|John quickly exchanged from his casual clothes to his night clothes and jumped on the bed where he had fallen asleep.|
I'm gonna be brutally honest with you here - that's terrible. I too have written bad lines, and it's hard to get your eye in to see them on the edit - reading helps that. As i said before it sounds too formal, too detached, almost like you're trying too hard to sound clever. "exchanged" has to go. I do like how you've stated that he wears some kind of nightwear though - only in UN did R* point this out, and it's something i've thus noticed in RDR itself. I also think you could go into more detail (though be careful sometimes you can say too much!)
"John closed the door and unbuckled his gun belt. His repeated he leaned up against the wall, but the pistol was set right next to his pillow, as was his knife. He changed into his nightwear, and climbed onto the bed, which creaked under his weight. Henry leapt up with commendable loyalty, to protect his master during the night. John new that Henry would alert him of any intrusion, and gave the dog a final pet before falling asleep."
Also you've slipped up a bit with your tenses. Decide what tense you're using - past or present? Either the entire story is "john does this" or it's "John did that." Don't mix the two of them - I talk of: "jumped on the bed where he had fallen asleep." which should be "where he soon fell asleep."
|Sun began to set at six a.m.|
RISE! Sun RISES at six AM. It would set at six PM! I don't think you need to state the time either. Saying "John awoke at sunrise" is enough.
| John was used to waking up at that time and so he did, [color=green]releasing a long and loud yawn as he raised himself from the bed,|
end the sentence here. Also be careful - you say yawn, i think sleep. Perhaps stretch would be better? [as indeed you've said here:]
| he stretched his body then he proceeded to change his clothes from his nightwear into the casual, every-day, clothes.|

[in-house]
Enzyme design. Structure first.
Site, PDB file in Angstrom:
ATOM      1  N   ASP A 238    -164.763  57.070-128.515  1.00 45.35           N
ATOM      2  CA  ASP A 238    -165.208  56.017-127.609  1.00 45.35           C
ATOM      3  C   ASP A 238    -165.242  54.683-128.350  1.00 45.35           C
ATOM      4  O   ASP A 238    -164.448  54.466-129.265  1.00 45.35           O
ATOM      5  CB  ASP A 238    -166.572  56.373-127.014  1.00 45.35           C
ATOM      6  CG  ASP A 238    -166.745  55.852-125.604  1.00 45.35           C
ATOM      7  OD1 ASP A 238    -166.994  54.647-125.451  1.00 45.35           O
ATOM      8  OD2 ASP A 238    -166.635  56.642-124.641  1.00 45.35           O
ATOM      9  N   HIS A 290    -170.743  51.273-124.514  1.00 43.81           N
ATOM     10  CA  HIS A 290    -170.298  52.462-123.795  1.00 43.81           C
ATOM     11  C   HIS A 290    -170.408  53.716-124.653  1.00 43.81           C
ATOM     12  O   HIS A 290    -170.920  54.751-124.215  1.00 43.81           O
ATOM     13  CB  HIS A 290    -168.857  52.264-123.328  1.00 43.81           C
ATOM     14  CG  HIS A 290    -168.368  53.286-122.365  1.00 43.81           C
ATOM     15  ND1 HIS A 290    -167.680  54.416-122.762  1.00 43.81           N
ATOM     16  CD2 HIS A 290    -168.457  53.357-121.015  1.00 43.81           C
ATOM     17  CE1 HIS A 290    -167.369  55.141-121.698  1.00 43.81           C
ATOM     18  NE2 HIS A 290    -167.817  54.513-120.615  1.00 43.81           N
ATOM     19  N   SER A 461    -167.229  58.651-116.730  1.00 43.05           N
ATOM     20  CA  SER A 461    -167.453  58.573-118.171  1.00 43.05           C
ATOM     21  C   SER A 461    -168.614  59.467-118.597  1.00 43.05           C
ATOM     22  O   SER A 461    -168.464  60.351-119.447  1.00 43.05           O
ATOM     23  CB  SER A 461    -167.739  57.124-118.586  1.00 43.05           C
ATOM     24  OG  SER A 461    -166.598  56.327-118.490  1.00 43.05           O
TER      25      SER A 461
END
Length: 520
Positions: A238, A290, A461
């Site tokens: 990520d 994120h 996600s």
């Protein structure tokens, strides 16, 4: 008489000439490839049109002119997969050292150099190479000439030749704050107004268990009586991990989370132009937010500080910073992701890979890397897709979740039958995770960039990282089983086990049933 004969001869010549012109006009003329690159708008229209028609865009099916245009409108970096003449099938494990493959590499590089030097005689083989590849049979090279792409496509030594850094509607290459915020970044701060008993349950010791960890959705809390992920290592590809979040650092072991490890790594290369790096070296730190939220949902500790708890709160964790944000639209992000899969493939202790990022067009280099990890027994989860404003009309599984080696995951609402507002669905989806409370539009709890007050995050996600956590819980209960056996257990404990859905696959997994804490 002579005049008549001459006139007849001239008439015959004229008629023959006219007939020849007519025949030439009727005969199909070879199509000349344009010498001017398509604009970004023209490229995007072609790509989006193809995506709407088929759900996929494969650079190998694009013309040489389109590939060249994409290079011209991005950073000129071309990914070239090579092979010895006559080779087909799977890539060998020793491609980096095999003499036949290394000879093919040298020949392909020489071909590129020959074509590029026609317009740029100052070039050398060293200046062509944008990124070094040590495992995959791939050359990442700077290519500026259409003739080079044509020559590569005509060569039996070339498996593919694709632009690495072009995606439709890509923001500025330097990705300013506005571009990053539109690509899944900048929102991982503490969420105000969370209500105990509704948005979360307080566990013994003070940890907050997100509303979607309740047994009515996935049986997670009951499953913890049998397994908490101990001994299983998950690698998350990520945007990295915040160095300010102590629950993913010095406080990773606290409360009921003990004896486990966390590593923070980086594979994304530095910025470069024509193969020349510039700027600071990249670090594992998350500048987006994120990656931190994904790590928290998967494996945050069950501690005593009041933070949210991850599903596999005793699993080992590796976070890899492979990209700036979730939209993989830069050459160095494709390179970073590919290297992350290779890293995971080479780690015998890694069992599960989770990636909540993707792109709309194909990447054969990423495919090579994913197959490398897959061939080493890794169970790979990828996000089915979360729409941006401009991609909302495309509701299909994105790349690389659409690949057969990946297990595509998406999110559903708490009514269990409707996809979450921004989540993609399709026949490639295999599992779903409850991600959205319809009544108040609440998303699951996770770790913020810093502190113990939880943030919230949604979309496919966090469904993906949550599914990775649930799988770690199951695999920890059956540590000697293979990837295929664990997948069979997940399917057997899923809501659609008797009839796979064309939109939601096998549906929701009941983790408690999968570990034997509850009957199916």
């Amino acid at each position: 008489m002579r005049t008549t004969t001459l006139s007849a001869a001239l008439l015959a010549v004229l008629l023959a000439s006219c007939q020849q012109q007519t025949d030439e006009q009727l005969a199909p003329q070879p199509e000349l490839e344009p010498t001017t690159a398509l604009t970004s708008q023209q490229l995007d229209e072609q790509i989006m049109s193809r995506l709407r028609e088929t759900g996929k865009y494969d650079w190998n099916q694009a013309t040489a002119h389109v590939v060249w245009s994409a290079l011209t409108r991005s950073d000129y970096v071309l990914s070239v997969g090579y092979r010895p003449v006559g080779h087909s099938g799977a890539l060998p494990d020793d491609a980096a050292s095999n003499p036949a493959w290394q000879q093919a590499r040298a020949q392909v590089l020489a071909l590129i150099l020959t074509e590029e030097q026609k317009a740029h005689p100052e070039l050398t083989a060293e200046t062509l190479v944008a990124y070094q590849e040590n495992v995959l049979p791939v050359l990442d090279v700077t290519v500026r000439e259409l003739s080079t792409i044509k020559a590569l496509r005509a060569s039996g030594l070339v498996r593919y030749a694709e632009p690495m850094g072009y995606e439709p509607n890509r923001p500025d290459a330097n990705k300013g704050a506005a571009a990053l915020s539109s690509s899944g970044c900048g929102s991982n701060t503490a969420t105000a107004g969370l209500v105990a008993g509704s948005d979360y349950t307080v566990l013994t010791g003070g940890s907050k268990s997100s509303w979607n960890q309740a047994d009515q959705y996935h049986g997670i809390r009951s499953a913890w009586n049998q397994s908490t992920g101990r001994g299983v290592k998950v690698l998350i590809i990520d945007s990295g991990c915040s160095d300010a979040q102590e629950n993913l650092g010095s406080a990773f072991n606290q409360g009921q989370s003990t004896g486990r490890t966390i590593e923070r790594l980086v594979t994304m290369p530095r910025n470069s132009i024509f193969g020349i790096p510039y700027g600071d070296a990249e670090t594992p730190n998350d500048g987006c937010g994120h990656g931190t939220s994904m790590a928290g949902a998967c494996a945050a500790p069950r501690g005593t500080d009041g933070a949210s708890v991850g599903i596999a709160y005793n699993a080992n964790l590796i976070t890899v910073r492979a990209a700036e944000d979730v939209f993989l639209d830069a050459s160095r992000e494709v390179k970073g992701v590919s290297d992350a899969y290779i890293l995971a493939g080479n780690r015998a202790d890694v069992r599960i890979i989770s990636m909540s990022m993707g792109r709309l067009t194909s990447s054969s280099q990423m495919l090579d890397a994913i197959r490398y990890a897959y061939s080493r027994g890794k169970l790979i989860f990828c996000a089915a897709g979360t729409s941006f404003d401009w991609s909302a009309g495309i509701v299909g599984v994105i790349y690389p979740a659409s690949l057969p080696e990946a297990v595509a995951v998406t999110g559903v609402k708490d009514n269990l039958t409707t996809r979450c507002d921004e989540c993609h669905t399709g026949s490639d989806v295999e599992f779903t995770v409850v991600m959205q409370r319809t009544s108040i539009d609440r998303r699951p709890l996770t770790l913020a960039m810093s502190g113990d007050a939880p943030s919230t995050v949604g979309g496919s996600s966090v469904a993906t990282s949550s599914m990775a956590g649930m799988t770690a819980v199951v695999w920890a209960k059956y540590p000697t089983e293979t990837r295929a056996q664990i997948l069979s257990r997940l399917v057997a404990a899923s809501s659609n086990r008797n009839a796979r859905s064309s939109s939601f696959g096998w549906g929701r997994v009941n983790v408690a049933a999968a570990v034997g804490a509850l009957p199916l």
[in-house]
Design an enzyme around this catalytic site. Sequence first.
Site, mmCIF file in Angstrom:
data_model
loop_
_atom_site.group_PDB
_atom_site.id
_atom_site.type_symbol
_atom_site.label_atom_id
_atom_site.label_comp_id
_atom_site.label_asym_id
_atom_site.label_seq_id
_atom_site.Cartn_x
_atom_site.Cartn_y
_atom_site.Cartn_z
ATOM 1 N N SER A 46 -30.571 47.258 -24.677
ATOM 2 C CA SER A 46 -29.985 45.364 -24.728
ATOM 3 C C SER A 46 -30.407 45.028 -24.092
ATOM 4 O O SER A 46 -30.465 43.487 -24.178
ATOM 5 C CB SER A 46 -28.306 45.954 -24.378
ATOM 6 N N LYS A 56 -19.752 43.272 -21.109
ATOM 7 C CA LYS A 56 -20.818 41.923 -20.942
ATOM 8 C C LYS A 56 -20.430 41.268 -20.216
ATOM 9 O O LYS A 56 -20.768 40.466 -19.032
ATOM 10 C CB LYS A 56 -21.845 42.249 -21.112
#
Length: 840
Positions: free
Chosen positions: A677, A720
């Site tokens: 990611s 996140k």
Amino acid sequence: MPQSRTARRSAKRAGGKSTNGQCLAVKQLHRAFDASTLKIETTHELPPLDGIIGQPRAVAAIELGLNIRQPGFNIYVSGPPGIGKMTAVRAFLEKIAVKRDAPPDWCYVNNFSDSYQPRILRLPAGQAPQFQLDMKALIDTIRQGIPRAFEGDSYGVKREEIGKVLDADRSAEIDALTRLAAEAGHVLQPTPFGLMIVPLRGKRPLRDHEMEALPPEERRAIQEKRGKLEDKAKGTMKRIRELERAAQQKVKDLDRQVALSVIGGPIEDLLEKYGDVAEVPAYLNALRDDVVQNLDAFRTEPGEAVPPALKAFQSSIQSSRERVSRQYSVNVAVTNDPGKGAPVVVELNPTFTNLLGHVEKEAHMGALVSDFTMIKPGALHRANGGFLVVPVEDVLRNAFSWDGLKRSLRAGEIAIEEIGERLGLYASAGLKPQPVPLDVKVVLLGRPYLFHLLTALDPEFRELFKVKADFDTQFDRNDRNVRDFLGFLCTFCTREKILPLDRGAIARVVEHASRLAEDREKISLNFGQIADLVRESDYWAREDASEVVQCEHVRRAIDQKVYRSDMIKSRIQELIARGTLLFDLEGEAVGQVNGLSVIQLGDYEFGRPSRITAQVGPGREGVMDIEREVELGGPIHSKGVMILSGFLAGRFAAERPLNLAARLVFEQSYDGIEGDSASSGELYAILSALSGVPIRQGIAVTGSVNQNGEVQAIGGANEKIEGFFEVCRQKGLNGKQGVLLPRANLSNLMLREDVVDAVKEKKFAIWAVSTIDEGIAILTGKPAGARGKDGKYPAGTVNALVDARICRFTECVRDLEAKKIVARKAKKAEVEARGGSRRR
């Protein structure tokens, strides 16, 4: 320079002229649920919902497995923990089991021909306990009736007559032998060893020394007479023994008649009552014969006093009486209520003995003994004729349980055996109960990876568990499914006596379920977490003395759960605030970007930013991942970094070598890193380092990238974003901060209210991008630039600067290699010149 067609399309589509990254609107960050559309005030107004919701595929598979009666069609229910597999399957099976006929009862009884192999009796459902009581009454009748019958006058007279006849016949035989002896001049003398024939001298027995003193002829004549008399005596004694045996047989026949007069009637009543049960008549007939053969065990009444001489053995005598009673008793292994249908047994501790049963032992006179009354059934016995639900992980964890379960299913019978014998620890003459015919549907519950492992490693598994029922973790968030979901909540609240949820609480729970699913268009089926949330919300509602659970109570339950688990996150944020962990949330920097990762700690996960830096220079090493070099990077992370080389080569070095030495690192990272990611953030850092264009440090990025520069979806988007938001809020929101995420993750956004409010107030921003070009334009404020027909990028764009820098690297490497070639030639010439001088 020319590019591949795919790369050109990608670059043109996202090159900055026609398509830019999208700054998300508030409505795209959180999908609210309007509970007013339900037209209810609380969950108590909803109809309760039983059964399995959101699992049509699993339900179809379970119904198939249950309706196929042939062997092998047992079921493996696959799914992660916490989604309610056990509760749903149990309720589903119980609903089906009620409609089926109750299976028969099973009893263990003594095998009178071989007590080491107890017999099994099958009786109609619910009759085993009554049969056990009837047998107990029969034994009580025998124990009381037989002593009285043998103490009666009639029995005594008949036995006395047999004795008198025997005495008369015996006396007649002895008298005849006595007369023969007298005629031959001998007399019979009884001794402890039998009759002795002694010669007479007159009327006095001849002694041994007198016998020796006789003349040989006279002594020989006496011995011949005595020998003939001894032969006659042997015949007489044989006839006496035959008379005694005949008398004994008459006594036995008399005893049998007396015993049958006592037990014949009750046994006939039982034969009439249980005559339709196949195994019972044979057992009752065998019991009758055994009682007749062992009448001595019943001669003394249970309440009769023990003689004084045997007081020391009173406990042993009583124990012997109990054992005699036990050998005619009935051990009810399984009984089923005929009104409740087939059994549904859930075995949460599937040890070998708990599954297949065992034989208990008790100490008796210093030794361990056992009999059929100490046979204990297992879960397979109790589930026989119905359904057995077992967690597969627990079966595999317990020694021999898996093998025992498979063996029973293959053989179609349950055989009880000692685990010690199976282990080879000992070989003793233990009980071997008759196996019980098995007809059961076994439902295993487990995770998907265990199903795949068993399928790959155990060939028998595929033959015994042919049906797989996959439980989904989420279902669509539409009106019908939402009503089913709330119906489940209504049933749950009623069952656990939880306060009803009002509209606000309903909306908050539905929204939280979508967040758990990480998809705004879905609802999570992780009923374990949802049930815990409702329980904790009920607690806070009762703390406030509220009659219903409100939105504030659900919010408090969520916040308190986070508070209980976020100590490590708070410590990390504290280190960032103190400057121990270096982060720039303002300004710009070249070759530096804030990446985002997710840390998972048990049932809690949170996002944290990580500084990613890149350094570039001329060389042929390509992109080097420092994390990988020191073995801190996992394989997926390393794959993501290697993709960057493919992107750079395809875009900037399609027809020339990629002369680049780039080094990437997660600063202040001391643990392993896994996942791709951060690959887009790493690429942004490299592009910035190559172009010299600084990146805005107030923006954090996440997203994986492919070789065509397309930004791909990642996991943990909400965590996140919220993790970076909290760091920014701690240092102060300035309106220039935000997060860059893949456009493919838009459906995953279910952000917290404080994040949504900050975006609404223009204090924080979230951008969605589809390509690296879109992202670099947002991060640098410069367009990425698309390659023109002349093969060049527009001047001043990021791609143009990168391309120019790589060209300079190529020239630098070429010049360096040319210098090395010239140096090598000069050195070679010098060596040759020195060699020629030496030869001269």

First thing i thought here was "did he not wash" then remembered it's the wild west!!! I also think you can tone down the language too - talk less like a businessman and more like a cowboy. BECOME John Marston. listen to how he talks, and how others do and try to mimic their language somewhat.
|John turned towards the hat-stand and gripped his so-called “lucky” hat, arranging it on his head,|
Again, full stop, new sentence man. Also, as i've said, you're too formal - "arranging"? I dont think you NEED to say where he put his hat - it's not going to be on henry is it ?
|click-clack, the door opened and John was so sleepy, he exited his shack without paying attention to the following stairs that he stumbled as he was headed towards his horse,|
I'll ignore the "click clack." as i personally dont like things like that. The door opened implies someone ELSE opened it. But john did ? "John opened the door". Now you say he's sleepy, but did he not sleep? Or has he not fully woken yet? I have never stumbled down steps I knew was there, as john would have. you show him with implied familiarity (referring to McF's by name, and that he has his own shack. He would not stumble here, and as funny as it is, it makes him look stupid and very un-dangerous. I think this bit has to go. as a side note - "following" stairs, doesn't work. I have never referred to them as stairs - it's a single step is it not? And it's not following, really. "stumbled down the step outside" would be better.
Also, another note here, is immersion. So far, john's got off his horse and slept. What about dinner, breakfast, drinks? IS he not human? It feels like you're telling us how a segment of his day went, when you should be making us LIVE it!